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Using crowd-sourcing to count the Assyrian population worldwide

If you were to ask 10 different Assyrians about the population of Assyrians around the world, you would probably get 10

assyrian population

What is the true Assyrian population worldwide?

different varying answers. And it is likely that none of the answers would be accurate enough.  And we can’t blame any of them for such a discrepancy, since there has been no worldwide effort made at counting the true Assyrian population.

For starters, it all depends on how you count and who you are including etc.  For example, do you include Assyrians from all church affiliations, including those who don’t admit to their Assyrian ethnicity? Once you have a criteria in place for who should be counted, you then move to the actual step of  counting the population. But how do you count them? Even after agreeing on a criteria on who should be included, what is the methodology?

Crowd-sourcing

Say hello to ‘crowd-sourcing’, a new phenomenon that is revolutionizing the way we work and interact across cultures and continents. So what is this fancy word and how can it help Assyrians in counting their population accurately? it is simply a process that involves outsourcing tasks to a distributed group of people, for an eventual and unified common goal. In this case, you would leverage the power of online users for the task of counting the population of all Assyrians worldwide.

Given the power of internet and crowd-sourcing, this could be one project we can all work on together. Here is how:

Different people from different cities can volunteer to represent their cities and regions for this project (where significant and large Assyrian populations live)  These volunteers will  go to their local churches or even social clubs and try to get figures of how many registered members/families/individuals they have. Then we can all add up these figures.  For example, the Assyrian church of the East, here in Toronto, has about 1200 registered families in their database. Assuming every family is 4 individuals, that means we have close to 5000 Assyrians going to this church. That would be a good start. Then you have to account for those who are not registered or go to a different church and so on.  To make this project more accurate and successful, it would help if the volunteers or at least some of them had a good background in statistics and census-counting.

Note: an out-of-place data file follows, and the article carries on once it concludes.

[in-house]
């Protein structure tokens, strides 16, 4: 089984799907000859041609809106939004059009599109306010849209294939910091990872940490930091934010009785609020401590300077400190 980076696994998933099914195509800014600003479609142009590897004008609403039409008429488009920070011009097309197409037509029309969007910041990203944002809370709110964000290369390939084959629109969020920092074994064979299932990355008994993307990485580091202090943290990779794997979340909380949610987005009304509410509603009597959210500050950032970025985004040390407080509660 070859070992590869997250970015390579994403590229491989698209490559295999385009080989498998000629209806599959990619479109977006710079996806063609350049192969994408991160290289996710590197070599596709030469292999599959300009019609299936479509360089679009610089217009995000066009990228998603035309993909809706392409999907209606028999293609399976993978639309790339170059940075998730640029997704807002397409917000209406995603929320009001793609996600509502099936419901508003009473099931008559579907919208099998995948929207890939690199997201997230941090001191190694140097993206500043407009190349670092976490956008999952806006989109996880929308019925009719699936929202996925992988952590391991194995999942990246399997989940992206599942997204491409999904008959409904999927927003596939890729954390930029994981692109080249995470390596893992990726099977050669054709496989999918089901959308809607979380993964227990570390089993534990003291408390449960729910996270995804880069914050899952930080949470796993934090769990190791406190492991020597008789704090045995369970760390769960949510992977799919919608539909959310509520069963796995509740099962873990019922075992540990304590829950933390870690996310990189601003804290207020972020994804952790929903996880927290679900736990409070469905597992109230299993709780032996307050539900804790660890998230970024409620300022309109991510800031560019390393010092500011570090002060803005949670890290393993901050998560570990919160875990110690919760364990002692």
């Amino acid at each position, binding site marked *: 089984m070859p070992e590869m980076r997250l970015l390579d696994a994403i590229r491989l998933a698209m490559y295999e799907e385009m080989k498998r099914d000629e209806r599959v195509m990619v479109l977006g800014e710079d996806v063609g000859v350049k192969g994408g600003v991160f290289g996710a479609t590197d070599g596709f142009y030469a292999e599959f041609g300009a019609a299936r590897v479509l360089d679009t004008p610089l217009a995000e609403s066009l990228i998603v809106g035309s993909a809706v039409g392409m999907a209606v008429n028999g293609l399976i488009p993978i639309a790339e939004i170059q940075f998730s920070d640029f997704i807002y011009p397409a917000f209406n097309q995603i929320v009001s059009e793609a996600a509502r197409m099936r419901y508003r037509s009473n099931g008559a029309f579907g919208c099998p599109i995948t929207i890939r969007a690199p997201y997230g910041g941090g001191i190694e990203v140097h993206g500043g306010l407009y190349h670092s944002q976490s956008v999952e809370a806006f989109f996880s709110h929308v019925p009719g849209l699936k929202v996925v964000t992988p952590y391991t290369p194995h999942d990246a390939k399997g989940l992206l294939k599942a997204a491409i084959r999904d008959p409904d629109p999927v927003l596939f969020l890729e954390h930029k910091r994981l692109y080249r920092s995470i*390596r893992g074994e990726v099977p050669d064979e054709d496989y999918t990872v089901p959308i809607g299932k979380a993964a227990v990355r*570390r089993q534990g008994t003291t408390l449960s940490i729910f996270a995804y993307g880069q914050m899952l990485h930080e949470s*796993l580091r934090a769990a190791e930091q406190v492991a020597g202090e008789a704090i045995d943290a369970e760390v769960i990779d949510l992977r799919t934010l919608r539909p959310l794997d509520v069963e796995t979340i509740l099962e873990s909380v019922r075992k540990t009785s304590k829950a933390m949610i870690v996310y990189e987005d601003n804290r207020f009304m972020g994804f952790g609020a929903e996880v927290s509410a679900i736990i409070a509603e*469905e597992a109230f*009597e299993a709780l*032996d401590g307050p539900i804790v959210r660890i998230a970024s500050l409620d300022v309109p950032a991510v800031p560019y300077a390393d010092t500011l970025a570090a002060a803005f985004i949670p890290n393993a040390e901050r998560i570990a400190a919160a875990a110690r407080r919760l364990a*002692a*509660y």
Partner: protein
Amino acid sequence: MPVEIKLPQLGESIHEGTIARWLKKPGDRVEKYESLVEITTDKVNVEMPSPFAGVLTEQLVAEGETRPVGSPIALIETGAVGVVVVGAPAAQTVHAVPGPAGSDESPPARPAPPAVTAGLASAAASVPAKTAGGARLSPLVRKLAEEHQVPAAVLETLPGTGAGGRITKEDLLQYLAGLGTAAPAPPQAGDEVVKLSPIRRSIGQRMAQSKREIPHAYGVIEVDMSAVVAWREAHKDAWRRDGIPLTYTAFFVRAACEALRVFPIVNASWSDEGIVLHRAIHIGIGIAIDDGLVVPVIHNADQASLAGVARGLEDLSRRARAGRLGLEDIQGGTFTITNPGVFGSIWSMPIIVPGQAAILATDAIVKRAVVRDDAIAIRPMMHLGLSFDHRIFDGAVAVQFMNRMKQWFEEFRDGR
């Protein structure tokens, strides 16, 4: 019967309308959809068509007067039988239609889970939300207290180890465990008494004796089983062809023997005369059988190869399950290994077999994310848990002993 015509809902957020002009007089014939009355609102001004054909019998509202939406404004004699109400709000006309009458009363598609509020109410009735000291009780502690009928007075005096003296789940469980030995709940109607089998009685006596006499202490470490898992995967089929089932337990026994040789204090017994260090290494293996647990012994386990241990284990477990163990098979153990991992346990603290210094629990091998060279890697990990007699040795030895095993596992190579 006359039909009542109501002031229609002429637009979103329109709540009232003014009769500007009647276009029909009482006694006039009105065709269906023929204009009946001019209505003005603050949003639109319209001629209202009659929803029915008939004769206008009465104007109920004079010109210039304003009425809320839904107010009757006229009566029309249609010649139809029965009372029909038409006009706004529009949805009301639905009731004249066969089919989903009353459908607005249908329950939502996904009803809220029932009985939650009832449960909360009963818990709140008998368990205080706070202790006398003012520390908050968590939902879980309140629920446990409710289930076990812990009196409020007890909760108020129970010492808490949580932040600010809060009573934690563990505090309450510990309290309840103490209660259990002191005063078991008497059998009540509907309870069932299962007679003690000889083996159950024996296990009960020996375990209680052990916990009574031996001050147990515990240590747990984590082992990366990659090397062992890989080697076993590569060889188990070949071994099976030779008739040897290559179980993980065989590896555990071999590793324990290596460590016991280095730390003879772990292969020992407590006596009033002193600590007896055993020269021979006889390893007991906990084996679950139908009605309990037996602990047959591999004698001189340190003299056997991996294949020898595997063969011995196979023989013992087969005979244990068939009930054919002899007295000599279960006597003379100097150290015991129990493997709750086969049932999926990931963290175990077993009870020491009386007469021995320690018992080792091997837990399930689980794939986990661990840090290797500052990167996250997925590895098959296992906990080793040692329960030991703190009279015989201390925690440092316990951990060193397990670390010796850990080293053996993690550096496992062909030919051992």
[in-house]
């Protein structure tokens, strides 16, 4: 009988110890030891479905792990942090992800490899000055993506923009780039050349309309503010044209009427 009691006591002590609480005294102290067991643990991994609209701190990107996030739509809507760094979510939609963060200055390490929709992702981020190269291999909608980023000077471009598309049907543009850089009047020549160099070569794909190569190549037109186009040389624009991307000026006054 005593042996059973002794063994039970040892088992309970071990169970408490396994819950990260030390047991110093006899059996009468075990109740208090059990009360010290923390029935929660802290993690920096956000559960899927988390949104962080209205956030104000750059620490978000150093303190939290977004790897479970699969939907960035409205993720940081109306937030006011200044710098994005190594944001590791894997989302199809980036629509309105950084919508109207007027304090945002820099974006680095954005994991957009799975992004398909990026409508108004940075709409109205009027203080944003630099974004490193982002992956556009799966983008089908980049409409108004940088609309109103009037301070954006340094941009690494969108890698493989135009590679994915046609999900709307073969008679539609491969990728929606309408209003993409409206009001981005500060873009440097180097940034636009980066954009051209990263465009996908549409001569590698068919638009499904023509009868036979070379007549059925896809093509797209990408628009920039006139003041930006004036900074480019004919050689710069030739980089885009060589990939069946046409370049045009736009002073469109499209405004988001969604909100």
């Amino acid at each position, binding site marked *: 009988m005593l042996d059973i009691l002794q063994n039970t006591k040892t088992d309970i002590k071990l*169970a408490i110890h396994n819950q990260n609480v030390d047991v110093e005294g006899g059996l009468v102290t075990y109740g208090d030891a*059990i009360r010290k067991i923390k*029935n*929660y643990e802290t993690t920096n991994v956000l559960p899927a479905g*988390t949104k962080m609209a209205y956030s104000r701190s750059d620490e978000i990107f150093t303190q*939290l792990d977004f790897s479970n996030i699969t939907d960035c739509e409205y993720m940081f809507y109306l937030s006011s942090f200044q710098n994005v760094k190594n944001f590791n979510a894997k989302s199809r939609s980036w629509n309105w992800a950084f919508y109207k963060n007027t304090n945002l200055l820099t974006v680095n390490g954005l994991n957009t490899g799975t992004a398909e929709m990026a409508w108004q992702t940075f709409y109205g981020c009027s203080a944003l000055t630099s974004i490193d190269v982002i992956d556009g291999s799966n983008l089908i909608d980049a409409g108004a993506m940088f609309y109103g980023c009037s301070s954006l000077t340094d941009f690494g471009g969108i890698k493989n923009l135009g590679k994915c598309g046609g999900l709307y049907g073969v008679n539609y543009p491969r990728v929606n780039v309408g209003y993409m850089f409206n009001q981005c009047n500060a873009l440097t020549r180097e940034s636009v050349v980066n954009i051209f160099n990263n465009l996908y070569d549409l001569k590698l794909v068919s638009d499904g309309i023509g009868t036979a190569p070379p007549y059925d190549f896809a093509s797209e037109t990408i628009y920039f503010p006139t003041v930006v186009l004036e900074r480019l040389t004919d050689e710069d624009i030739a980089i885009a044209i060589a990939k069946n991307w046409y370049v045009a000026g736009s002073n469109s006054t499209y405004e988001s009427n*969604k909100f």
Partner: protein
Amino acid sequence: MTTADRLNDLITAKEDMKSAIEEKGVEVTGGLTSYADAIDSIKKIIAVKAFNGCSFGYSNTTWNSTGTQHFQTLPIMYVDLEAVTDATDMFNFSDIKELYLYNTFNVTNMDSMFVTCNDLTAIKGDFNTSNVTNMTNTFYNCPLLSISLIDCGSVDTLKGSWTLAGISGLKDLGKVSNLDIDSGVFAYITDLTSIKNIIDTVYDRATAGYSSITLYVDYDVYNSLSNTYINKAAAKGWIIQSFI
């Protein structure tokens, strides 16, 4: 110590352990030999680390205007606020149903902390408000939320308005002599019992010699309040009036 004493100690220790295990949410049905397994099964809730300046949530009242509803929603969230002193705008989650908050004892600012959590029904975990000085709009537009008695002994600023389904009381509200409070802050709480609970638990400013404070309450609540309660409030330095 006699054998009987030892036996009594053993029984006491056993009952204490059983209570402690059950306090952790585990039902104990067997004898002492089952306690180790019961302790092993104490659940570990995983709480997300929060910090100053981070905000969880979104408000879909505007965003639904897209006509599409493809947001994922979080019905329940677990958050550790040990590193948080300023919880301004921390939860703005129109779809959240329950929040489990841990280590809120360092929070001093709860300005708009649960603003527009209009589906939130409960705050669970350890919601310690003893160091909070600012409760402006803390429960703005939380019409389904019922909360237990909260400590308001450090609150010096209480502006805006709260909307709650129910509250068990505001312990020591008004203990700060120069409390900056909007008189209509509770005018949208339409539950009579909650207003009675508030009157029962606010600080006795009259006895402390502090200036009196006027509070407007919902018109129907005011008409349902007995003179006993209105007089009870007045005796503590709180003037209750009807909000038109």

To ensure accuracy and proper oversight of the data collected, there has to be a central database to gather, manage and tabulate all the data coming from different sources. There would also have to be a system of ‘double checks’ to ensure the data being gathered is as accurate as possible.  Slowly but collectively, using the power of online crowd-sourcing, we can come up with a better number and more accurate number.

In addition to some of the issues already mentioned at the top, there would surely be other obstacles facing such a massive project. For one, how do you account for regions that are sparsely populated by Assyrians (less than 100 people)? Another is the issue of getting conflicting numbers from different sources and trying to consolidate them. For example, the church in a certain city may give out one number while a popular social club in the same city may give out a totally different number, even though it is a known fact that the two entities are attended by mostly the same members. This is where more research is needed to reach an accurate figure.

A project to count or estimate the true worldwide Assyrian population would take more than a few weeks or even months to conclude. It could possibly take years, until all efforts have been exhausted to get to every region and center where Assyrians live. And even when that has been done, double or even triple checks have to be done.